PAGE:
The extended recovery ring-stage survival assay provides a superior association with patient clearance half-life and increases throughput
Davis SZ., Singh PP., Vendrely KM., Shoue DA., Checkley LA., McDew-White M., Button-Simons KA., Cassady Z., Sievert MAC., Foster GJ., Nosten FH., Anderson TJC., Ferdig MT.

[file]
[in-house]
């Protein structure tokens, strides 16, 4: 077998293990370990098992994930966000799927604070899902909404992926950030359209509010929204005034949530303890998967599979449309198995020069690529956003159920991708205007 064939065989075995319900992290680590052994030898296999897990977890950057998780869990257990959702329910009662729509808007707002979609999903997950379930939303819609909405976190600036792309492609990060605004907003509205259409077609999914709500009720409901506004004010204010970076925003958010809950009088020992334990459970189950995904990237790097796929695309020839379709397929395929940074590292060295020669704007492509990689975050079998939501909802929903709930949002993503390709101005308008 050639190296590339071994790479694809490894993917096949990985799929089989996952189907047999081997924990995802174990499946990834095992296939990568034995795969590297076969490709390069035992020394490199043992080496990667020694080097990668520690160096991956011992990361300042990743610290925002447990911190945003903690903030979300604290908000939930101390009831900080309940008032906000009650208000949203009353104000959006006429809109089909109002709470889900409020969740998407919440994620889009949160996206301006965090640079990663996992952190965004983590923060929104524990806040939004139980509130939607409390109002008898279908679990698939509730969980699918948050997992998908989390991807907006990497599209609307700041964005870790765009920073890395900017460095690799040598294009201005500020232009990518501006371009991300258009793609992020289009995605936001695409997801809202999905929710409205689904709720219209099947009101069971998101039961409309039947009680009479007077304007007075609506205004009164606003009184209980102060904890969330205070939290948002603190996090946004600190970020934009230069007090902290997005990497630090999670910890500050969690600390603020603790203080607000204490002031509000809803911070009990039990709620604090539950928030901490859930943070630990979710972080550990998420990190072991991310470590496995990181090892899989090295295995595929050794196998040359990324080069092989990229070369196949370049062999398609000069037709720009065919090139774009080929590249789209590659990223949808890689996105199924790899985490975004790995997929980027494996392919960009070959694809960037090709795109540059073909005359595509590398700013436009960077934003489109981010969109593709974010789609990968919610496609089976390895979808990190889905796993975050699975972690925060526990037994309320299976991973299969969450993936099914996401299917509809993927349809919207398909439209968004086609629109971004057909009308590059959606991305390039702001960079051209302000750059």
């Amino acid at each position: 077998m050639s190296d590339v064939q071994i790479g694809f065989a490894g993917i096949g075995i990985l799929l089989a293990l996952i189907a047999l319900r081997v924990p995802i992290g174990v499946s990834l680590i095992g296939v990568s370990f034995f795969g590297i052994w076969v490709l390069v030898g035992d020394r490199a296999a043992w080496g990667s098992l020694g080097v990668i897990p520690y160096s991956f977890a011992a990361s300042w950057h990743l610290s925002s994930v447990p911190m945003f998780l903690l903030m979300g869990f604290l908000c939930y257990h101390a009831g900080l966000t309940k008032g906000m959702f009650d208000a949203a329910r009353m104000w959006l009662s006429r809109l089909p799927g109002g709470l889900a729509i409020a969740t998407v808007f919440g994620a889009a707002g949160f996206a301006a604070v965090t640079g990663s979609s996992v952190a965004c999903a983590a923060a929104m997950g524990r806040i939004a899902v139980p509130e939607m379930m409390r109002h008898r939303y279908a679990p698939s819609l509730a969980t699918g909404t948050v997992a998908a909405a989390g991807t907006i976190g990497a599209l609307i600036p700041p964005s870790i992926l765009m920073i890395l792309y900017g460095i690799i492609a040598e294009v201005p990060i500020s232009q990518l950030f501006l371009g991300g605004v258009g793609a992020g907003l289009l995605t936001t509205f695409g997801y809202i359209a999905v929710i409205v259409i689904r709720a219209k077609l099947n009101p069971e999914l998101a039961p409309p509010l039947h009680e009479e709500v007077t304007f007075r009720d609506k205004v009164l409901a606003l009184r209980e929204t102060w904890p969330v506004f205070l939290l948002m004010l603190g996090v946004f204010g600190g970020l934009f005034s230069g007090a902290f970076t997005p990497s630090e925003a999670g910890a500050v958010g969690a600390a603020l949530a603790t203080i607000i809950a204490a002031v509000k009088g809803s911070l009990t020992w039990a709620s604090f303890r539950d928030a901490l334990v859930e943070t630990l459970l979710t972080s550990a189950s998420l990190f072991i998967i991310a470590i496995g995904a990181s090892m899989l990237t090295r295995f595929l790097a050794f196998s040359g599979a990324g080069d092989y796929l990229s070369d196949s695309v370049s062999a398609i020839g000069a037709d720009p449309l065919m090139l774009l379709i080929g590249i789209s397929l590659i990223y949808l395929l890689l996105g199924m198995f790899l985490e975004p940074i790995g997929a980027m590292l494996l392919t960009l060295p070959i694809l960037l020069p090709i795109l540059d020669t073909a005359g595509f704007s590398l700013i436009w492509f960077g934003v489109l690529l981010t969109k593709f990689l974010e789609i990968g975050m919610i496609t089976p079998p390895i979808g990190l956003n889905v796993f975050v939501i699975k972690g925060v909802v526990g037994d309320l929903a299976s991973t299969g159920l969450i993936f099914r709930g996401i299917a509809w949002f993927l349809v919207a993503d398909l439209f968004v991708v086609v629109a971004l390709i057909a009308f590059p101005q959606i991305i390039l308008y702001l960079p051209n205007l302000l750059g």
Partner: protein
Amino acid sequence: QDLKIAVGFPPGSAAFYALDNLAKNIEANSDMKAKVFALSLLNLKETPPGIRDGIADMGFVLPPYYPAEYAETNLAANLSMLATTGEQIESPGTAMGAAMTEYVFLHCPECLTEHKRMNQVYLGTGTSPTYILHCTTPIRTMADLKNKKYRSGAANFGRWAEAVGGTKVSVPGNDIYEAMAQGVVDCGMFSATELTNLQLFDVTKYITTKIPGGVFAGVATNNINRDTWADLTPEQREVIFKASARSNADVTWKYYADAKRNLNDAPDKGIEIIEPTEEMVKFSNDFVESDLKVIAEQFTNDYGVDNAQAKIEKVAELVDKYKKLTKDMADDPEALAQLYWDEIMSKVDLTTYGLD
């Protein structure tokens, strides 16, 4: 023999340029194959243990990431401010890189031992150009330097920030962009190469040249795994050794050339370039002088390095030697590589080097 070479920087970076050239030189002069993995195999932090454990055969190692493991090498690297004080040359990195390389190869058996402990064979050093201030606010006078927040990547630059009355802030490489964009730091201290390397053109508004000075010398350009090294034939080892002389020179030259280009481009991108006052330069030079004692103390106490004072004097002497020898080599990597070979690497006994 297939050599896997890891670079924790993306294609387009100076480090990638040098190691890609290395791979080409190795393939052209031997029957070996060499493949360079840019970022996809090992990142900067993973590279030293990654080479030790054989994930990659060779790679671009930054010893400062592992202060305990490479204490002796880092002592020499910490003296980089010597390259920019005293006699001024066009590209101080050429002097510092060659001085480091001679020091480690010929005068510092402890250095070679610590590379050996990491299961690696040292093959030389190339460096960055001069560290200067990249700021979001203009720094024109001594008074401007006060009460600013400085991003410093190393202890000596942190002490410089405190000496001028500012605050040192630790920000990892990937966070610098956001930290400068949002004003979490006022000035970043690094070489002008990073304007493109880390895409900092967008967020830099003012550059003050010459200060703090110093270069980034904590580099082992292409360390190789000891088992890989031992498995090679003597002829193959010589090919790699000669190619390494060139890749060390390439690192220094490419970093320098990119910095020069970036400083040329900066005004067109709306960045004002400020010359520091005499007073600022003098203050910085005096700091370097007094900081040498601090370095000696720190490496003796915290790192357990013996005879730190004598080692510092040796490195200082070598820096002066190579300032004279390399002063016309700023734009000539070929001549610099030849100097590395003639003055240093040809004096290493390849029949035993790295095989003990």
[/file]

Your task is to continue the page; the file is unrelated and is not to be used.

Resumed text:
Abstract Background Tracking and understanding artemisinin resistance is key for preventing global setbacks in malaria eradication efforts. The ring-stage survival assay (RSA) is the current gold standard for in vitro artemisinin resistance phenotyping. However, the RSA has several drawbacks: it is relatively low throughput, has high variance due to microscopy readout, and correlates poorly with the current benchmark for in vivo resistance, patient clearance half-life post-artemisinin treatment. Here a modified RSA is presented, the extended Recovery Ring-stage Survival Assay (eRRSA), using 15 cloned patient isolates from Southeast Asia with a range of patient clearance half-lives, including parasite isolates with and without kelch13 mutations. Methods Plasmodium falciparum cultures were synchronized with single layer Percoll during the schizont stage of the intraerythrocytic development cycle. Cultures were left to reinvade to early ring-stage and parasitaemia was quantified using flow cytometry. Cultures were diluted to 2% haematocrit and 0.5% parasitaemia in a 96-well plate to start the assay, allowing for increased throughput and decreased variability between biological replicates. Parasites were treated with 700 nM of dihydroartemisinin or 0.02% dimethyl sulfoxide (DMSO) for 6 h, washed three times in drug-free media, and incubated for 66 or 114 h, when samples were collected and frozen for PCR amplification. A SYBR Green-based quantitative PCR method was used to quantify the fold-change between treated and untreated samples. Results 15 cloned patient isolates from Southeast Asia with a range of patient clearance half-lives were assayed using the eRRSA. Due to the large number of pyknotic and dying parasites at 66 h post-exposure (72 h sample), parasites were grown for an additional cell cycle (114 h post-exposure, 120 h sample), which drastically improved correlation with patient clearance half-life compared to the 66 h post-exposure sample. A Spearman correlation of − 0.8393 between fold change and patient clearance half-life was identified in these 15 isolates from Southeast Asia, which is the strongest correlation reported to date. Conclusions eRRSA drastically increases the efficiency and accuracy of in vitro artemisinin resistance phenotyping compared to the traditional RSA, which paves the way for extensive in vitro phenotyping of hundreds of artemisinin resistant parasites.